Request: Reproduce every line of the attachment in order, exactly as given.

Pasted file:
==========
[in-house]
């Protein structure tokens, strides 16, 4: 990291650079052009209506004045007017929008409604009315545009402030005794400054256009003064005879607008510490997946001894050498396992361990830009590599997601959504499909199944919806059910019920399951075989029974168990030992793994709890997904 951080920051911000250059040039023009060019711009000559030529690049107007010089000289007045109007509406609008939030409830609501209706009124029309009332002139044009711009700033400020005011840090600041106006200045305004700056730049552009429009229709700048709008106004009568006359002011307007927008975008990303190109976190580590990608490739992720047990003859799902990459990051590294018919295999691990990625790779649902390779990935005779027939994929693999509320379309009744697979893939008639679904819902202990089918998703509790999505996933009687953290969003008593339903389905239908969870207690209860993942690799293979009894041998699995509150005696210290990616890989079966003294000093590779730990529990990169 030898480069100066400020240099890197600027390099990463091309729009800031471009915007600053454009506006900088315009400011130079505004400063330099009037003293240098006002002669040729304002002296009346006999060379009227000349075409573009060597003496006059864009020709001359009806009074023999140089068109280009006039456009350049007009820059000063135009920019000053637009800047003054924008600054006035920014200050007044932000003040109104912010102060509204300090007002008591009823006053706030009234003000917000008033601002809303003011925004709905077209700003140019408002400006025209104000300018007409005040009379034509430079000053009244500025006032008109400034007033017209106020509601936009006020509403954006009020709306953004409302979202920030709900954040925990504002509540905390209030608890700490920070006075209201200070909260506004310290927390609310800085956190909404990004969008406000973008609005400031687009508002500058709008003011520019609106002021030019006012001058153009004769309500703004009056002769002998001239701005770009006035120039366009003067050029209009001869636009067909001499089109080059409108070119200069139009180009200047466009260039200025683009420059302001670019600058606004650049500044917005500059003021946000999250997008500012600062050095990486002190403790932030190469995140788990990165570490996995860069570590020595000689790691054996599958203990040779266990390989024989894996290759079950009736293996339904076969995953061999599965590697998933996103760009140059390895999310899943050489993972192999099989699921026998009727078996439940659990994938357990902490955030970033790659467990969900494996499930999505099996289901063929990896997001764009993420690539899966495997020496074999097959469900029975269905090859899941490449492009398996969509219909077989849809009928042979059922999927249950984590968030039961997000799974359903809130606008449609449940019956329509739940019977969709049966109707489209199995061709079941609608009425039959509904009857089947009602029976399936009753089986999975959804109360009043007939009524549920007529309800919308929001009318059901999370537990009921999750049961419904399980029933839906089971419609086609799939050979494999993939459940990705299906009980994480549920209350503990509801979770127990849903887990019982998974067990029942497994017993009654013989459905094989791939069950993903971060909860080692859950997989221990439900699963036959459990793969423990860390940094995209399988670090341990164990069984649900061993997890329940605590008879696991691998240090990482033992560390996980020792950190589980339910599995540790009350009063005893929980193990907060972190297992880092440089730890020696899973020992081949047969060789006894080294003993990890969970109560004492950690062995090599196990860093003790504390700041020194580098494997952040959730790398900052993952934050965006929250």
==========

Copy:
[in-house]
């Protein structure tokens, strides 16, 4: 990291650079052009209506004045007017929008409604009315545009402030005794400054256009003064005879607008510490997946001894050498396992361990830009590599997601959504499909199944919806059910019920399951075989029974168990030992793994709890997904 951080920051911000250059040039023009060019711009000559030529690049107007010089000289007045109007509406609008939030409830609501209706009124029309009332002139044009711009700033400020005011840090600041106006200045305004700056730049552009429009229709700048709008106004009568006359002011307007927008975008990303190109976190580590990608490739992720047990003859799902990459990051590294018919295999691990990625790779649902390779990935005779027939994929693999509320379309009744697979893939008639679904819902202990089918998703509790999505996933009687953290969003008593339903389905239908969870207690209860993942690799293979009894041998699995509150005696210290990616890989079966003294000093590779730990529990990169 030898480069100066400020240099890197600027390099990463091309729009800031471009915007600053454009506006900088315009400011130079505004400063330099009037003293240098006002002669040729304002002296009346006999060379009227000349075409573009060597003496006059864009020709001359009806009074023999140089068109280009006039456009350049007009820059000063135009920019000053637009800047003054924008600054006035920014200050007044932000003040109104912010102060509204300090007002008591009823006053706030009234003000917000008033601002809303003011925004709905077209700003140019408002400006025209104000300018007409005040009379034509430079000053009244500025006032008109400034007033017209106020509601936009006020509403954006009020709306953004409302979202920030709900954040925990504002509540905390209030608890700490920070006075209201200070909260506004310290927390609310800085956190909404990004969008406000973008609005400031687009508002500058709008003011520019609106002021030019006012001058153009004769309500703004009056002769002998001239701005770009006035120039366009003067050029209009001869636009067909001499089109080059409108070119200069139009180009200047466009260039200025683009420059302001670019600058606004650049500044917005500059003021946000999250997008500012600062050095990486002190403790932030190469995140788990990165570490996995860069570590020595000689790691054996599958203990040779266990390989024989894996290759079950009736293996339904076969995953061999599965590697998933996103760009140059390895999310899943050489993972192999099989699921026998009727078996439940659990994938357990902490955030970033790659467990969900494996499930999505099996289901063929990896997001764009993420690539899966495997020496074999097959469900029975269905090859899941490449492009398996969509219909077989849809009928042979059922999927249950984590968030039961997000799974359903809130606008449609449940019956329509739940019977969709049966109707489209199995061709079941609608009425039959509904009857089947009602029976399936009753089986999975959804109360009043007939009524549920007529309800919308929001009318059901999370537990009921999750049961419904399980029933839906089971419609086609799939050979494999993939459940990705299906009980994480549920209350503990509801979770127990849903887990019982998974067990029942497994017993009654013989459905094989791939069950993903971060909860080692859950997989221990439900699963036959459990793969423990860390940094995209399988670090341990164990069984649900061993997890329940605590008879696991691998240090990482033992560390996980020792950190589980339910599995540790009350009063005893929980193990907060972190297992880092440089730890020696899973020992081949047969060789006894080294003993990890969970109560004492950690062995090599196990860093003790504390700041020194580098494997952040959730790398900052993952934050965006929250």